Lewandowski was the rare campaign manager who shadowed his boss, and his departure also meant the loss of a loyal aide who spent his days whispering in Trump’s ear, taming, massaging, and encouraging the volatile and restless candidate. It’s a role that Conway, who has been traveling with Trump, is expected to fill. Nonetheless, Lewandowski’s exit had consequences for the candidate and the campaign. “I don’t know what’s happening except for that they’ve lost control of Mr. Trump,” a second Trump aide told me ten days ago, in the wake of Trump’s attacks on the Khan family and his public refusal to endorse House speaker Paul Ryan in his primary race. “I’ve always maintained that the person who dominates his ear is the best manager. If you’re in his headspace, then you’re a successful manager.”

Manafort, who has a decades-long history of successfully making over crackpot dictators abroad, vowed to do the same with Trump. Trump chafed. Manafort wasn’t in his headspace, either, having opted to direct both the candidate and the campaign at a distance, planting himself at Trump Tower in Manhattan.

Neither Bannon nor Conway bring to their new roles experience on a general-election campaign — let alone a flailing one.

As campaign chairman, Manafort never named a replacement for Lewandowki, absorbing his duties instead, and Trump went without a campaign manager from Lewandowski’s June 20 departure until Conway’s appointment last night. The result was a candidate who was often untethered from his own campaign and who earned rebukes from Manafort for his inability to stick to a script. “No marriage can work if one person is constantly trying to change the other,” says the first Trump aide.

Manafort had also marketed himself as the maestro of political conventions — and Trump’s, mired by accusations of plagiarism and the candidate’s own remarks on NATO, fell flat. The results were predictable: His poll numbers, to which he is comically sensitive, dropped precipitously.

If that was the impetus for Manafort’s ouster, there were dozens of proximate causes, including news reports of his longstanding ties to the deposed Ukrainian strongman Viktor Yanukovych and, by extension, to Putin’s Russia.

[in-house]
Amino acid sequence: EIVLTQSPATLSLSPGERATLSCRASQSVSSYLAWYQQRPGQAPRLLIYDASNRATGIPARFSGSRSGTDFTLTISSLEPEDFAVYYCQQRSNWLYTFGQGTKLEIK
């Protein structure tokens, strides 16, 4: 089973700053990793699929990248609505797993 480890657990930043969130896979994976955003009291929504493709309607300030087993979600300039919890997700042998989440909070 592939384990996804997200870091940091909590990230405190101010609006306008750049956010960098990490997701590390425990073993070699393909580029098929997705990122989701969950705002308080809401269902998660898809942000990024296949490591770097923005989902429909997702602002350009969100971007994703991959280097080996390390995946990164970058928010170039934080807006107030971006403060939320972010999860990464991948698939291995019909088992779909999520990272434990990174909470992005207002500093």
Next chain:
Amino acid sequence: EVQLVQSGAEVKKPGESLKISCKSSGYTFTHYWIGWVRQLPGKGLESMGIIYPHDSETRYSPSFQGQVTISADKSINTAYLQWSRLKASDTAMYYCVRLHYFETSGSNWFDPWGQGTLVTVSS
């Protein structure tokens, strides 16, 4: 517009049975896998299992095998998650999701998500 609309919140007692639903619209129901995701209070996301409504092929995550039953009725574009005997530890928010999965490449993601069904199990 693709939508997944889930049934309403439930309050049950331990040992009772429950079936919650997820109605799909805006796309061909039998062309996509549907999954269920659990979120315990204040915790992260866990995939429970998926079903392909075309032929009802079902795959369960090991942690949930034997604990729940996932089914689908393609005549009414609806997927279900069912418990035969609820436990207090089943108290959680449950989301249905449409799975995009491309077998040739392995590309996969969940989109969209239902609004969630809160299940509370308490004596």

The relationship between Trump and Manafort began to sour almost immediately after Manafort came aboard in late March, according to several sources with knowledge of the campaign. Manafort’s deputy and longtime consigliere, Rick Gates, hired experienced GOP operative Rick Wiley in mid April. Lewandowski had hired the firm WizBang Solutions as a direct-mail vendor for the campaign, paying the company about $500,000 in April, according to FEC reports. On Manafort’s watch, Wiley, a Wisconsin native, brought in another direct-mail firm with roots in Madison, Wisc., that was paid more than $730,000 by the Trump campaign over the course of just five days. Trump ruthlessly scours the campaign’s financial reports; when he saw the numbers, according to an aide, he peered up at Gates from his stack of papers and asked, “Well who the f*** are you?” Wiley left the campaign the following month.  

#related#Trump, however, never managed to resolve the civil war simmering between Lewandowski and Manafort, which had created dueling camps inside the campaign that remained even after Lewandowski’s defenestration. “Frankly there are still a lot of Lewandowski fans around who felt he was treated poorly after he helped engineer one of the greatest primary victories of all time,” says a source with knowledge of the situation. “You don’t just dump the guy and have armed guards escort him out the door. So I think there’s some payback here, not from Corey but from his allies.” Even Trump himself remained torn between the two: According to New York magazine, he continues to consult with Lewandowski.

With Manafort effectively sidelined, Trump is back in his comfort zone. Yes, it’s the zone from which he toppled 16 primary opponents. Nonetheless, many remain skeptical that even an amped-up version will prove deft enough to defeat the Clinton machine.